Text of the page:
The FCC has giving the greenlight for the Connect America Fund Phase II reverse auction, with the window for applications ending on March 30.
With $1.98 billion available over the next decade to support the closing of the digital divide across the US. Officially known as Auction 903, the initiative aims to bring broadband to as many as 1 million homes and small businesses across 20 states which are deemed to be underserved at the moment.
“This is a unique opportunity for broadband providers to expand their service,” said FCC Chairman Ajit Pai. “More important, this is a unique opportunity to bring digital opportunity to parts of rural America that have been bypassed by the broadband revolution. So I hope that all eligible providers will give this opportunity a hard look and choose to participate.”
Applicants to the fund will have to demonstrate they can do the most with the smallest amount of investment if they are to be successful. The tables below demonstrate how the FCC will distribute the funding against performance standards. But as a general rule, the more offered and the lower the applied for funding, the more interested the FCC will be.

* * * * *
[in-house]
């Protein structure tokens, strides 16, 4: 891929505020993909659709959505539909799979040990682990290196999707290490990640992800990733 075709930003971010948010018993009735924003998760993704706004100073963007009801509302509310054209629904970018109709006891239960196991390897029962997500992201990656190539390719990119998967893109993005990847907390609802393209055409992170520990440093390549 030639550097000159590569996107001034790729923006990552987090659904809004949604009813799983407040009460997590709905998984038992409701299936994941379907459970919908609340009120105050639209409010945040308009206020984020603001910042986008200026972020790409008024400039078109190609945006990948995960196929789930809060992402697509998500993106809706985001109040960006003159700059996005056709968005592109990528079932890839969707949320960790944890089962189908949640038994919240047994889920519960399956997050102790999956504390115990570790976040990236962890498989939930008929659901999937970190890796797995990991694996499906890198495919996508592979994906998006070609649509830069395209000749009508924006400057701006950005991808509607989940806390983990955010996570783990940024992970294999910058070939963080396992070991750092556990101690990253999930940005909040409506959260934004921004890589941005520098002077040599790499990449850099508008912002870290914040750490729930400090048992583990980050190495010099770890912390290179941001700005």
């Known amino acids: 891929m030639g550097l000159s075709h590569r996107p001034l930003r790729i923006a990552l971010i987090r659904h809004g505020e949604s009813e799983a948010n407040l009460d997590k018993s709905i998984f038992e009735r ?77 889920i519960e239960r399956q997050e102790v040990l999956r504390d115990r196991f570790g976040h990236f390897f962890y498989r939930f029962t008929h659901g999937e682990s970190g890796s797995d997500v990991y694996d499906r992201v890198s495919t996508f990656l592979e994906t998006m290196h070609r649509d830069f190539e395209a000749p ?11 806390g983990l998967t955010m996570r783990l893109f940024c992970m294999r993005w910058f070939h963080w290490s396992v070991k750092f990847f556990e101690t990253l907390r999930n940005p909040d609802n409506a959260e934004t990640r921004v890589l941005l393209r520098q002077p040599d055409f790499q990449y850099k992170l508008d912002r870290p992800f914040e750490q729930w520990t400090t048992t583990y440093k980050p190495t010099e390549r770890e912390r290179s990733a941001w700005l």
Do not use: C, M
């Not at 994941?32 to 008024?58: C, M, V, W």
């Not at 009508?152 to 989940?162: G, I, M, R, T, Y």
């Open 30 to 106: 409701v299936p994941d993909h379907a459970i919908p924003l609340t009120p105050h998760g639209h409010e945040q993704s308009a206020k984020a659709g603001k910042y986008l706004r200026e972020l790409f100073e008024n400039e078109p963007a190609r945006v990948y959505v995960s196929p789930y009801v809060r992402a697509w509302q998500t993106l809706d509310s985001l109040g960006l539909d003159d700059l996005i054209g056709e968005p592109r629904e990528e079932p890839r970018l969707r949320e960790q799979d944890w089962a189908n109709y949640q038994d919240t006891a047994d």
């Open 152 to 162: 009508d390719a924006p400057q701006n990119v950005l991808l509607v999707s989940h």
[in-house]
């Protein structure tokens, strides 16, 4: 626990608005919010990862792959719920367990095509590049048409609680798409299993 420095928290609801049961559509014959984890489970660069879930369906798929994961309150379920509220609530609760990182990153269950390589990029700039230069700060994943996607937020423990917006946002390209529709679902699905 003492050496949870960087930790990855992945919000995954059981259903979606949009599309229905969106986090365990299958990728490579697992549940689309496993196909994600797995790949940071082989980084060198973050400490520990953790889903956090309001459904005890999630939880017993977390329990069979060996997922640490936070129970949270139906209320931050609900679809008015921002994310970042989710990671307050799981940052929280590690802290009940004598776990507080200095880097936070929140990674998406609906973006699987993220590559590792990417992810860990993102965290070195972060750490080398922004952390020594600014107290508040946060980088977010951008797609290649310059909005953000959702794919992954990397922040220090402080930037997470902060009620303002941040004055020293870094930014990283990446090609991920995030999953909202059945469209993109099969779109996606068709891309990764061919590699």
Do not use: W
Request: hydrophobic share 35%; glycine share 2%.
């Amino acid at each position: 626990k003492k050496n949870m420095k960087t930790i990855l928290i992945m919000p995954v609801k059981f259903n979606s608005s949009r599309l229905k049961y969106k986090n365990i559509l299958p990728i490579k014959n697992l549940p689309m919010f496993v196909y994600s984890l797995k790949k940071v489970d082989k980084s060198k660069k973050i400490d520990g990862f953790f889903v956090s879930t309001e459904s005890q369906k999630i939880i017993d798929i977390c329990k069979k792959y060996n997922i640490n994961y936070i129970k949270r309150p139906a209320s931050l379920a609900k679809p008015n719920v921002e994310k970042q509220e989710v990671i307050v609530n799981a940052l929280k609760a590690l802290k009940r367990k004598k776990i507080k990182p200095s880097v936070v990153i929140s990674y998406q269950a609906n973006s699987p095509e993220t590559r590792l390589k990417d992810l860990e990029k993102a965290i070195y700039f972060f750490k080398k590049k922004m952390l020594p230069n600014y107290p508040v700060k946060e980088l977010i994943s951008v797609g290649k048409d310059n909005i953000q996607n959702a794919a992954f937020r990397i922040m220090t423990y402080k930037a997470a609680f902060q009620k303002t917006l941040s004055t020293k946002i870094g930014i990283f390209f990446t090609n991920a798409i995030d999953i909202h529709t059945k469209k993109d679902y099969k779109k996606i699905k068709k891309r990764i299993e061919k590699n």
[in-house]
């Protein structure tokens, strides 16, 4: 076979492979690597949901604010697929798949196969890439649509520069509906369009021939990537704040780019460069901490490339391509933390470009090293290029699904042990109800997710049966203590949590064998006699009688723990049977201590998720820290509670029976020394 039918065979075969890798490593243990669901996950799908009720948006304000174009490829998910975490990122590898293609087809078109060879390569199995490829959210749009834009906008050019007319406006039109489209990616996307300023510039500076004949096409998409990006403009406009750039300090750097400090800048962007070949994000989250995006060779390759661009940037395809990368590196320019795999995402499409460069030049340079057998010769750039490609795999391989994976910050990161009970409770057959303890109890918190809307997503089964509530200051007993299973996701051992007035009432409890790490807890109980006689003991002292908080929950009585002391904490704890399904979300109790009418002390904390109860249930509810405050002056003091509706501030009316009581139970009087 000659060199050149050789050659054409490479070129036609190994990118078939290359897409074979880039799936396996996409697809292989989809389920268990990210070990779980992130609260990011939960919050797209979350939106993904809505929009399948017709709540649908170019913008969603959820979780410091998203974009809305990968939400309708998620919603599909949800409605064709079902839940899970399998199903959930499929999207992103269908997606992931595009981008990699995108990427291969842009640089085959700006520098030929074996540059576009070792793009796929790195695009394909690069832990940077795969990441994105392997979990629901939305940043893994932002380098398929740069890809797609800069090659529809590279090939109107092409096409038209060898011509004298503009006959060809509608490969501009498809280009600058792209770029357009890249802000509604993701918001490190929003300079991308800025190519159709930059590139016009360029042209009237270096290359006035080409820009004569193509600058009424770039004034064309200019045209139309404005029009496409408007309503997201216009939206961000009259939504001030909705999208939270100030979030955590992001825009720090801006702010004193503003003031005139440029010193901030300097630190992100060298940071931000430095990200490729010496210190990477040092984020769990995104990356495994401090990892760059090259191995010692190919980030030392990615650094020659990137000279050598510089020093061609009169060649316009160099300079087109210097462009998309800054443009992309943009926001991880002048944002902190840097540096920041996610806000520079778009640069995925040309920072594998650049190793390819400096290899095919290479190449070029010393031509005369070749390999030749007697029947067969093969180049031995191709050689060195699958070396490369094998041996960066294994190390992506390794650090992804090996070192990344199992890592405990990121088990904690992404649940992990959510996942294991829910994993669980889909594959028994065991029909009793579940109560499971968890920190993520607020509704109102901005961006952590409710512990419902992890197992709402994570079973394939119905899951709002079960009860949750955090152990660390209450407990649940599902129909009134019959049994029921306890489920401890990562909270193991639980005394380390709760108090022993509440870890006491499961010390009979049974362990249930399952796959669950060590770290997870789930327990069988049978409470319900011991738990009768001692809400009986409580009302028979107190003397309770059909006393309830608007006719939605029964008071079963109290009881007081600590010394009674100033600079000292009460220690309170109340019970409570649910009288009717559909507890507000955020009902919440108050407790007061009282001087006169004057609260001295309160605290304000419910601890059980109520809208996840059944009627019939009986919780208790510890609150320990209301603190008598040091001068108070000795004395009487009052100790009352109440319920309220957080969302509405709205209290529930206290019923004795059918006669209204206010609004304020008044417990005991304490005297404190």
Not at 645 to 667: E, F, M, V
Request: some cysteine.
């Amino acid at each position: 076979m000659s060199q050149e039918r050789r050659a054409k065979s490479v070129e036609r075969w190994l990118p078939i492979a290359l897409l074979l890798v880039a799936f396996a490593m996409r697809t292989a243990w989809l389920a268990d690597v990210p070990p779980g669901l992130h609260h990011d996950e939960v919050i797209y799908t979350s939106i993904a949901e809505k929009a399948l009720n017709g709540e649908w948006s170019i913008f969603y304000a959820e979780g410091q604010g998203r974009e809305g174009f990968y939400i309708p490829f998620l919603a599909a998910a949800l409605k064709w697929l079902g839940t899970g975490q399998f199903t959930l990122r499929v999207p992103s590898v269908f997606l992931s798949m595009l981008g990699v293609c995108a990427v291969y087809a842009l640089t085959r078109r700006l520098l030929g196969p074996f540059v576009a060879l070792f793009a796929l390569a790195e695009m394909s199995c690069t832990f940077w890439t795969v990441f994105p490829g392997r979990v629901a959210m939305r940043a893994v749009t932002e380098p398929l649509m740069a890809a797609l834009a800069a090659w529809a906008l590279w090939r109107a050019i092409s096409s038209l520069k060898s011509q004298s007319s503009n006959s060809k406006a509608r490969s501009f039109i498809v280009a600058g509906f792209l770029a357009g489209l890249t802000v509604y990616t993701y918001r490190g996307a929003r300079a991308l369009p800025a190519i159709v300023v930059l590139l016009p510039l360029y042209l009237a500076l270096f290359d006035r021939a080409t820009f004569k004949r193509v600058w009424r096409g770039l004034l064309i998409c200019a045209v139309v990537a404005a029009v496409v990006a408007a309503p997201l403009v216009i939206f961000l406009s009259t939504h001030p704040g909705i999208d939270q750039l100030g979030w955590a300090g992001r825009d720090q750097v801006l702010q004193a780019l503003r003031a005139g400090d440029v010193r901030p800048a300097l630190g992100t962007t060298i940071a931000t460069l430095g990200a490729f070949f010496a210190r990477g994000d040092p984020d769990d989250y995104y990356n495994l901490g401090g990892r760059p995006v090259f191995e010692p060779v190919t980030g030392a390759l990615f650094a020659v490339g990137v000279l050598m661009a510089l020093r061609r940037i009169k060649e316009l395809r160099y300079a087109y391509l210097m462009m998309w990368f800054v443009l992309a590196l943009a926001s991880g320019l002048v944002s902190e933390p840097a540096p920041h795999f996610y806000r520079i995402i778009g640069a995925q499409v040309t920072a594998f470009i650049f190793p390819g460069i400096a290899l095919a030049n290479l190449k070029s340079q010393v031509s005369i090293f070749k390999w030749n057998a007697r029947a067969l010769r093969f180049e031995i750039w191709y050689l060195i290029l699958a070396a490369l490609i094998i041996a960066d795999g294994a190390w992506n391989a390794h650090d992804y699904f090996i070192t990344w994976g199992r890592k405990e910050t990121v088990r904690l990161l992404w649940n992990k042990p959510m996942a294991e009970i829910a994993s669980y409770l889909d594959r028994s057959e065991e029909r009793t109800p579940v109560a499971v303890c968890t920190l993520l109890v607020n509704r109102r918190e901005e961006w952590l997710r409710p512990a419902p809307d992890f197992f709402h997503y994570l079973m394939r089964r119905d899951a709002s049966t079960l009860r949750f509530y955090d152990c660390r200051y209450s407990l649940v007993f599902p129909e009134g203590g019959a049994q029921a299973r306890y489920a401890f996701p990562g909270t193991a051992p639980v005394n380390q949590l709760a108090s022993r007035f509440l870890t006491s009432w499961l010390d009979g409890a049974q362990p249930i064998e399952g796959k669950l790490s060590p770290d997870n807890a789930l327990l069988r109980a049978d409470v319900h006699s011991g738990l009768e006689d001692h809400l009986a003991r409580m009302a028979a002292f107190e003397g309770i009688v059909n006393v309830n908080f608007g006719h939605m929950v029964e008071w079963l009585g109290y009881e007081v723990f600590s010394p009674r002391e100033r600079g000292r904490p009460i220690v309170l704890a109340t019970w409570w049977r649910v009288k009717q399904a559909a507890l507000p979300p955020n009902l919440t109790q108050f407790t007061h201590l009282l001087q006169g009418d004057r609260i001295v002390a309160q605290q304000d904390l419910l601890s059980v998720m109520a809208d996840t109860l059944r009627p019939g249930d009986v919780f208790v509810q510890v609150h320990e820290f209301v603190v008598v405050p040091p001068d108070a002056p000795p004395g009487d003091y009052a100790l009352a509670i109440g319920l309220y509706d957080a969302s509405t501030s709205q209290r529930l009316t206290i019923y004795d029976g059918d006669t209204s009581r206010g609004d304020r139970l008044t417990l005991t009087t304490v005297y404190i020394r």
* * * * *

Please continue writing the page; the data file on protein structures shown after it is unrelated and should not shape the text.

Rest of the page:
In terms of the deployment, successful applicants must offer commercially at least one voice and one broadband service meeting the relevant service requirements to the required number of locations. When it comes to milestones, 40% of the required number of locations must meet the service performance metrics by the end of the third year, plus an additional 20% per year after that, before hitting 100% by the end of the 10 year period.
And just to make sure the farmers aren’t getting ripped off, the FCC will continue to benchmark the offered rates against the urban equivalent. You can see the methodology the FCC uses to judge want would be considered reasonable rates here. Those who do not meet the milestones or offer what would be considered reasonable rates will face the threat of legal action as the FCC promises to recover the funds.
Closing the digital divide between the rural and urban communities is a challenge which has plagued the FCC and US government for some time, and we would be surprised if this funding makes a significant difference. As long as the major telcos are trying to recoup lost profits, the focus will be on the more profitable regions of the US.